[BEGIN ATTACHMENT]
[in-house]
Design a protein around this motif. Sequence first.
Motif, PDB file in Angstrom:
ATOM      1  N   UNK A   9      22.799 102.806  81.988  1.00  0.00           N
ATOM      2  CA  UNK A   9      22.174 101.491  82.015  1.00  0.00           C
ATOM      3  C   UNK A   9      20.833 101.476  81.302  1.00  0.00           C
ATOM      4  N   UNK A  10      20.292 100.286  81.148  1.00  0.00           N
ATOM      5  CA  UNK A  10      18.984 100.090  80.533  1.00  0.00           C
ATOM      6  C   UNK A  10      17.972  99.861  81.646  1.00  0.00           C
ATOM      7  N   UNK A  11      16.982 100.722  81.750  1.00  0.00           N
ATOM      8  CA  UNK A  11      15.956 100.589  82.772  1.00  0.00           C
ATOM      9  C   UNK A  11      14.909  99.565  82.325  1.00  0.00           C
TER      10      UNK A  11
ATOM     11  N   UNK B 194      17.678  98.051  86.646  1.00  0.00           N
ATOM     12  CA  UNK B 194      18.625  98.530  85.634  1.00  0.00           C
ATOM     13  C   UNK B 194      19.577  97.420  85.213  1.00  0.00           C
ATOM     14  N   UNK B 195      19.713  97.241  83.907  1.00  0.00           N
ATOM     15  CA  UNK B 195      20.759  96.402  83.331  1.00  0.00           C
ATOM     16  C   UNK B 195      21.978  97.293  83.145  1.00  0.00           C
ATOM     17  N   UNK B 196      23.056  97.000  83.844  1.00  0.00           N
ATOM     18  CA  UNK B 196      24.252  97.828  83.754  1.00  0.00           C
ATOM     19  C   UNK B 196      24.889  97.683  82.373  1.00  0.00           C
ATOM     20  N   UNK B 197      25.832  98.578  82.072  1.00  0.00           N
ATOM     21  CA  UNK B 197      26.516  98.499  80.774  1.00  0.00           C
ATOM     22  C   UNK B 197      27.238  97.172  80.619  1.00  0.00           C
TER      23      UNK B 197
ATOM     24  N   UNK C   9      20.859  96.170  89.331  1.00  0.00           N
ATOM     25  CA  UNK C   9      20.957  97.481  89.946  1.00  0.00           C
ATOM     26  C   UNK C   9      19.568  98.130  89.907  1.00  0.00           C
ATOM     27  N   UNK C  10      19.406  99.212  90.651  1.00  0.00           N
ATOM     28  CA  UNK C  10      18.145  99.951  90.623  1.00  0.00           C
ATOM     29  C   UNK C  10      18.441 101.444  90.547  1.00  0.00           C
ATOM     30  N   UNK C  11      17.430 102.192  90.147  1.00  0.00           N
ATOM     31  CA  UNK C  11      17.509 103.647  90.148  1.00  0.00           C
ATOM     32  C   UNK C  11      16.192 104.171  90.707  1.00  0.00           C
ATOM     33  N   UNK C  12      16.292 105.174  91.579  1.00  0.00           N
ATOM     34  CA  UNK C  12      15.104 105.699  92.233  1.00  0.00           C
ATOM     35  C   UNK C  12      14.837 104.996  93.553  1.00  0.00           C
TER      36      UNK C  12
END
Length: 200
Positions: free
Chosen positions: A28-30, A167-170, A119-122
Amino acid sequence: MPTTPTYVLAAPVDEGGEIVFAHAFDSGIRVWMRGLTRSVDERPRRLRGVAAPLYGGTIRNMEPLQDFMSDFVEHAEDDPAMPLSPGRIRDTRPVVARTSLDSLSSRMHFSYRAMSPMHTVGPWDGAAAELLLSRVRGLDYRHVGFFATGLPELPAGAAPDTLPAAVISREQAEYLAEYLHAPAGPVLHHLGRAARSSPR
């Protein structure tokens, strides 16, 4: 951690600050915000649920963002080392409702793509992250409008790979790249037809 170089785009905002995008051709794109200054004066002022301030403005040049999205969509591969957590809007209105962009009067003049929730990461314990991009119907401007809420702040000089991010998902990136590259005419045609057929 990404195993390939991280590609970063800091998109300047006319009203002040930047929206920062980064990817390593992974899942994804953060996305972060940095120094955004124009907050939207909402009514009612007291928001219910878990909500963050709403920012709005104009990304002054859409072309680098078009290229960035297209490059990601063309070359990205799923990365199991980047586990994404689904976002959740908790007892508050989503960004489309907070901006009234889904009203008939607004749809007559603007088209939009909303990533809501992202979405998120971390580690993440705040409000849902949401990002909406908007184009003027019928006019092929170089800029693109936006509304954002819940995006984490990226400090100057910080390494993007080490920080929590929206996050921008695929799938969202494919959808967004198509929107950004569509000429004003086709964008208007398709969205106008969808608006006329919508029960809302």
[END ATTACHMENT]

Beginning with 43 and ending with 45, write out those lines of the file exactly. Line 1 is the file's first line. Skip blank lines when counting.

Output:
Chosen positions: A28-30, A167-170, A119-122
Amino acid sequence: MPTTPTYVLAAPVDEGGEIVFAHAFDSGIRVWMRGLTRSVDERPRRLRGVAAPLYGGTIRNMEPLQDFMSDFVEHAEDDPAMPLSPGRIRDTRPVVARTSLDSLSSRMHFSYRAMSPMHTVGPWDGAAAELLLSRVRGLDYRHVGFFATGLPELPAGAAPDTLPAAVISREQAEYLAEYLHAPAGPVLHHLGRAARSSPR
């Protein structure tokens, strides 16, 4: 951690600050915000649920963002080392409702793509992250409008790979790249037809 170089785009905002995008051709794109200054004066002022301030403005040049999205969509591969957590809007209105962009009067003049929730990461314990991009119907401007809420702040000089991010998902990136590259005419045609057929 990404195993390939991280590609970063800091998109300047006319009203002040930047929206920062980064990817390593992974899942994804953060996305972060940095120094955004124009907050939207909402009514009612007291928001219910878990909500963050709403920012709005104009990304002054859409072309680098078009290229960035297209490059990601063309070359990205799923990365199991980047586990994404689904976002959740908790007892508050989503960004489309907070901006009234889904009203008939607004749809007559603007088209939009909303990533809501992202979405998120971390580690993440705040409000849902949401990002909406908007184009003027019928006019092929170089800029693109936006509304954002819940995006984490990226400090100057910080390494993007080490920080929590929206996050921008695929799938969202494919959808967004198509929107950004569509000429004003086709964008208007398709969205106008969808608006006329919508029960809302």